By Theresa Braine
Thursday, October 23, 2003
U.S. lawmakers arrive in Mexico City, adding to the international pressure on local and state authorities in Mexico to solve the decade-long series of murders of young women.
MEXICO CITY, Mexico (WOMENSENEWS)--U.S. lawmakers arrive in Mexico today for a meeting with President Vicente Fox that is sure to include a discussion of hundreds of unsolved murders of young women in Ciudad Juarez and its home state, Chihuahua.
Two of the lawmakers, Ciro Rodriguez, a Democrat from Texas and chair of the Congressional Hispanic Caucus, and Hilda Solis,a Democrat from California and co-chair of theCongressional Caucus for Women's Issues, arevisiting the region for the second time this month to push authorities to renew their efforts in solving the cases.
Already these visits are paying off. Jose Luis Santiago Vasconcelos, head of the organized crime unit in Mexico's attorney general's office, has now said that a new team of federal and state authorities is reviewing all 258 cases, including reopening 67 in which suspects were convicted and sentenced. And Fox last week appointed a commissioner--human-rights lawyer Maria Guadalupe Morfin--to coordinate the investigative efforts of federal, state and local agencies.
Since July of this year, the Mexican government has sent 1,000 federal police to this Mexican city across the border from El Paso, Texas, to help local authorities investigate the unsolved murders. U.S. and Mexican authorities believe that at least 90 of the victims bear the signs of serial murder.
During the past several years, the murder, rape and disappearance of close to 400 women in Ciudad Juarez since 1993 has been garnering increased international attention. The bodies of the women, mostly aged 15 to 25, have been turning up in the desert, many showing signs of extreme sexual and sadistic violence.
Recent visits from Amnesty International, the United Nations and a U.S. congressional delegation have put local authorities, who are accused of bungling the investigation or even covering for the perpetrators, on the spot. The attention is providing a glimmer of hope to bereaved families and their advocates, who have been toiling for years to get the killings solved and to prevent more.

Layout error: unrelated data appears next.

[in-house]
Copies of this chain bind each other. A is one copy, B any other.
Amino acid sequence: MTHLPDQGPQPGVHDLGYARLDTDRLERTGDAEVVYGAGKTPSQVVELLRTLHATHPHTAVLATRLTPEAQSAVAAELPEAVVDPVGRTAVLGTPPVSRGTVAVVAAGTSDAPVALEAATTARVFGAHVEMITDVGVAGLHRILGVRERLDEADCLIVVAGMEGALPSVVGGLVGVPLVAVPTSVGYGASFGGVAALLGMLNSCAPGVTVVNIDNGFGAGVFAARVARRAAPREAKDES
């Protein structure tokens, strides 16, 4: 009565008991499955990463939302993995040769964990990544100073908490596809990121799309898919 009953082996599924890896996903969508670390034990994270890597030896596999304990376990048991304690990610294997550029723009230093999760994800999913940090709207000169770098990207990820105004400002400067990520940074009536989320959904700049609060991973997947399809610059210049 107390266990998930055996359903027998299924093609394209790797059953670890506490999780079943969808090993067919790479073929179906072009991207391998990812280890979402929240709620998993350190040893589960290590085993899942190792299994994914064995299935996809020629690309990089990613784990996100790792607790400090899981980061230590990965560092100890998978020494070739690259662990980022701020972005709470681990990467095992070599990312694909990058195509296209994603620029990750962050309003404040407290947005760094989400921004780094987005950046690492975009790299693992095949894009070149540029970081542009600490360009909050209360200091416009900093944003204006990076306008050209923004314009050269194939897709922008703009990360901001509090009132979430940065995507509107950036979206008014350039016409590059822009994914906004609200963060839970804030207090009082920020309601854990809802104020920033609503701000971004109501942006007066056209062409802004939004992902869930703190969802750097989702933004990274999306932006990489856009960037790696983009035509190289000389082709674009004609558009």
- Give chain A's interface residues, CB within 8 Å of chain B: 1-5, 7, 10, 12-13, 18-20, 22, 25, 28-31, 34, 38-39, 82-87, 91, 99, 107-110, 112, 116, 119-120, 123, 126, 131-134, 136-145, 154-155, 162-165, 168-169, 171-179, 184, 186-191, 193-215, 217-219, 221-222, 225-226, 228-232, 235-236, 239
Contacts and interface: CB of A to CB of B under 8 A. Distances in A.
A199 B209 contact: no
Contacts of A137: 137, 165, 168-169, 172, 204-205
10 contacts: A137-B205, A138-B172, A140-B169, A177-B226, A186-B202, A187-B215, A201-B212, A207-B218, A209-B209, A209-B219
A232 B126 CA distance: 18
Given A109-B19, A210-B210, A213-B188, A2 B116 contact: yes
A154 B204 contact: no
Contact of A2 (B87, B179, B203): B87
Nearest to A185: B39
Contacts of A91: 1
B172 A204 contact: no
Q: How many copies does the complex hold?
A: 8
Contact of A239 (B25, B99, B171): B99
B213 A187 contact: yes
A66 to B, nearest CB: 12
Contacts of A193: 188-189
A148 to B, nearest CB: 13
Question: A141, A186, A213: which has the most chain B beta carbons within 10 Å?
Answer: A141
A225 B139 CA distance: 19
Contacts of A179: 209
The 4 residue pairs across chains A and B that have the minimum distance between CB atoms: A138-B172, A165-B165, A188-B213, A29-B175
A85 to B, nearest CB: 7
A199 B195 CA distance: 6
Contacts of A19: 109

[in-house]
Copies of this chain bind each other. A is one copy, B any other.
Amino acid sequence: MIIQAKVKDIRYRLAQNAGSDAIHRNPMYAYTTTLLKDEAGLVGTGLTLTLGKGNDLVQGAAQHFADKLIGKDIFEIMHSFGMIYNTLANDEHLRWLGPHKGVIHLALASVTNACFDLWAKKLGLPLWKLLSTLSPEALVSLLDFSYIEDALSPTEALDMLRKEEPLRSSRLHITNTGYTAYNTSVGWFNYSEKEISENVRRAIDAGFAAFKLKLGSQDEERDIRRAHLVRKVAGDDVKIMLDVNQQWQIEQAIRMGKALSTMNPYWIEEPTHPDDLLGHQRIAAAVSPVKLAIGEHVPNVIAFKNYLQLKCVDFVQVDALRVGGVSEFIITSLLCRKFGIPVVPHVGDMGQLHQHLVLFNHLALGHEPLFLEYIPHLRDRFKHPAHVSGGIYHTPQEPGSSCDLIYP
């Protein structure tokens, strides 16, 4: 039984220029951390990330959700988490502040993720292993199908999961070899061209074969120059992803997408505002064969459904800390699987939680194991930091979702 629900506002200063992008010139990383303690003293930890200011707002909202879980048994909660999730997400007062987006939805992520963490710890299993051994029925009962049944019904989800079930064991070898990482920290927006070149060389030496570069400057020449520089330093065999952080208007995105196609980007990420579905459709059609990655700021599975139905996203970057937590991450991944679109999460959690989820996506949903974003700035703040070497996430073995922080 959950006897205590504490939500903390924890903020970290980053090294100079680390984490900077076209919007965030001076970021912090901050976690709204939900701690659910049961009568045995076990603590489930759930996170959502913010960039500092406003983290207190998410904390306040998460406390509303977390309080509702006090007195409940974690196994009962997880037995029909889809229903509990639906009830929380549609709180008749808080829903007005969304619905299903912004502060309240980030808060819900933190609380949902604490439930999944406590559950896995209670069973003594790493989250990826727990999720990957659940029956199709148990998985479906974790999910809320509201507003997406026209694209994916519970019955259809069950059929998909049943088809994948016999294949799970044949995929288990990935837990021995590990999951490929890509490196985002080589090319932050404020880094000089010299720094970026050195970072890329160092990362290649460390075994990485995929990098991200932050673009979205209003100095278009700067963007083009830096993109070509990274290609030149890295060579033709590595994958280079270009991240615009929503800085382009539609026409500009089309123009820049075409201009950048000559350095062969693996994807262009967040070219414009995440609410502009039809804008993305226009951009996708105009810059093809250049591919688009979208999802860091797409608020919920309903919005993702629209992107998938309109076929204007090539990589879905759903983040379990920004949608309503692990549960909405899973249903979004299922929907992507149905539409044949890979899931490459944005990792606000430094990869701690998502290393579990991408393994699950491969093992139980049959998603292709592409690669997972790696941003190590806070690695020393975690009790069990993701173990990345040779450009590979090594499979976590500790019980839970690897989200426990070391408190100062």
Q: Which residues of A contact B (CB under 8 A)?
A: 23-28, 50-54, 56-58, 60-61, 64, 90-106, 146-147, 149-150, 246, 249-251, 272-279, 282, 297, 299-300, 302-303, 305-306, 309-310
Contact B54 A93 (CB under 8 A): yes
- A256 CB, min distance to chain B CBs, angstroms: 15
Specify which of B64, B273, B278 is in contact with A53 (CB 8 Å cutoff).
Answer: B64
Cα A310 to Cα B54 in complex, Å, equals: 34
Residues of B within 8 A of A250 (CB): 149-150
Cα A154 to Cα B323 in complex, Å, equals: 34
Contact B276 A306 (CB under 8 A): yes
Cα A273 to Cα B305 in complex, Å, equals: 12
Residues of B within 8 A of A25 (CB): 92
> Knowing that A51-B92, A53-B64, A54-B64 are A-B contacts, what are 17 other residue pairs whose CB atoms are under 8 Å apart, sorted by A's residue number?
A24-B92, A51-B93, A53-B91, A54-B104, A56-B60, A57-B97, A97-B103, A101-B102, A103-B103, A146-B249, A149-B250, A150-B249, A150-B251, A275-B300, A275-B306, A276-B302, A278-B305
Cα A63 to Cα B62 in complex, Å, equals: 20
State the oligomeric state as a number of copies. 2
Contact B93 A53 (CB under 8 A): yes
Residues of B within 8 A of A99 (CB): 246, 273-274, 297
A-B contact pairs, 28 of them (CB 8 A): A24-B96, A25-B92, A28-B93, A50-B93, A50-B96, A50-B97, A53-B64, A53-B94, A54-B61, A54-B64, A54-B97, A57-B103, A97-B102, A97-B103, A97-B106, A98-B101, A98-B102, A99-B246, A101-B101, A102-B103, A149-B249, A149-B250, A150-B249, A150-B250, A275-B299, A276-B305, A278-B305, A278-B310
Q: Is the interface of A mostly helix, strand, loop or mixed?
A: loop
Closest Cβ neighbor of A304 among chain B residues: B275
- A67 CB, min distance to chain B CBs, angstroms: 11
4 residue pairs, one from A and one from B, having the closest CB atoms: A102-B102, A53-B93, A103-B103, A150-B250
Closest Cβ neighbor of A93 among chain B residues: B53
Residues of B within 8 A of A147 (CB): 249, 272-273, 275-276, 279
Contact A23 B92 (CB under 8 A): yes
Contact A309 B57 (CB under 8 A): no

The serial murders and the overall climate of violence in the city brought four U.S. legislators, six Mexican legislators and an assortment of human rights groups to Juarez from October 11-13 for a three-day tour of tragedy and death. They were accompanied by reporters from dozens of news outlets. Delegation members listened to victims' mothers and other family members. They visited the eight pink crosses that mark the spot in the city where the same
number of young women were found raped and strangled in November 2001.
"When you start hearing that testimony, it almost makes you cry," said Rodriguez. "Then, it also gets you angry that somehow they haven't come to grips with what's happening and it seems like it's a systemic problem."
The U.S. legislators said they plan to keep the international spotlight on this issue. They said they'll testify before Congress to bring more attention to the murders and see what more the United States can do to help (the FBI already provides training to police in crime-scene investigation), set up funds for a DNA bank that would examine remains and forensic evidence and help identify victims and approach both Secretary of State Colin Powell and Mexican President Vicente Fox about making it part of the bi-national agenda.
Esther Chavez Cano, founder and director of the Ciudad Juarez rape crisis center Casa Amiga and one of the first people to notice a killing pattern several years ago, said she "never imagined" the degree of media turnout and publicity that the lawmakers' visit would generate. "I think it caused a sensation . . . and it will help us in our fight," she told Women's eNews. Chavez, recognized this year as one of Women's eNews' 21 Leaders for the 21st Century, believes that the pressure exerted by the delegation and earlier visits by Amnesty International and the U.N. "is causing a very strong impact on the press and society in general."